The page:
Sexual reproduction is the production of offspring from two parents using gametes. The cells of the offspring have two sets of chromosomes (one from each parent), so are diploid. Sexual reproduction involves two stages:
Meiosis- the special cell division that makes haploid gametes
Fertilisation- the fusion of two gametes to form a diploid zygote
Basic lifecycle of sexually reproducing organisms
Meiosis is a form of cell division. It starts with DNA replication, like mitosis, but then proceeds with two divisions one immediately after the other. Meiosis therefore results in four daughter cells rather than the two cells formed by mitosis. It differs from mitosis in two important aspects
The chromosome number is halved from the diploid number (2n) to the haploid number (n). This is necessary so that the chromosome number remains constant from generation to generation. Haploid cells have one copy of each chromosome, while diploid cells have homologous pairs of each chromosome.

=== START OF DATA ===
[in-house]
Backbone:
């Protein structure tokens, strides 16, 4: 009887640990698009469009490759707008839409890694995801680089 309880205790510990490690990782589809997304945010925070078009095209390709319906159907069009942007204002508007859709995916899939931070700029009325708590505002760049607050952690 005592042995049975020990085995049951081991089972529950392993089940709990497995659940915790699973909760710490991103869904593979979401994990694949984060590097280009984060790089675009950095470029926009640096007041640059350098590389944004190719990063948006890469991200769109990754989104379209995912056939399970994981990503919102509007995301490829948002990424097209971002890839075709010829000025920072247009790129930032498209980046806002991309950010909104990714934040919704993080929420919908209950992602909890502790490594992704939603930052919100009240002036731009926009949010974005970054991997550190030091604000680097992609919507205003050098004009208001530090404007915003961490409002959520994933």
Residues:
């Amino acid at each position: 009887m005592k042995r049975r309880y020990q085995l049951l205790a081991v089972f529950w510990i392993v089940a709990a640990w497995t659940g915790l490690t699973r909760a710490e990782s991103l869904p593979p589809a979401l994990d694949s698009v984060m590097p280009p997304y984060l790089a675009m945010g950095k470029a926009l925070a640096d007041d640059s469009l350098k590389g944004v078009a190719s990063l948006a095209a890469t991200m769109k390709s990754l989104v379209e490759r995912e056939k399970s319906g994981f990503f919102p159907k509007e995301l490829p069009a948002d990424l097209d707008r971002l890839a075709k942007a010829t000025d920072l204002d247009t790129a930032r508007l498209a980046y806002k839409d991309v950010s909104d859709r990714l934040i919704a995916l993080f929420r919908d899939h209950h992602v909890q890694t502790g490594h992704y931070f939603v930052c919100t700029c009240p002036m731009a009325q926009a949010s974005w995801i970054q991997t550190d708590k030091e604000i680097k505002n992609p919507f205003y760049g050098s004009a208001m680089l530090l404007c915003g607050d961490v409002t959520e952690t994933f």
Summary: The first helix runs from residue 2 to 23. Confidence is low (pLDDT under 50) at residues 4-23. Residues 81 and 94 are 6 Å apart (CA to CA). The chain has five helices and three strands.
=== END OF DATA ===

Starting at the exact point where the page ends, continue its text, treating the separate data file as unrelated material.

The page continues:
The chromosomes are re-arranged during meiosis to form new combinations of genes. This genetic recombination is vitally important and is a major source of genetic variation. It means for example that of all the millions of sperm produced by a single human male, the probability is that no two will be identical.
The usual purpose of meiosis is to form gametes- the sex cells that will fuse together to form a new diploid individual.In all plants and animals the gametes are different sizes. This is called heterogamy
Female gametes (ova or eggs in animals, ovules in plants)
Fairly small numbers.
Human females for example release about 500 ova in a lifetime.
They often contain food reserves (lipids, proteins, carbohydrates) to nourish the embryo after fertilisation
Male gametes, very large numbers
100 million sperm per ejaculation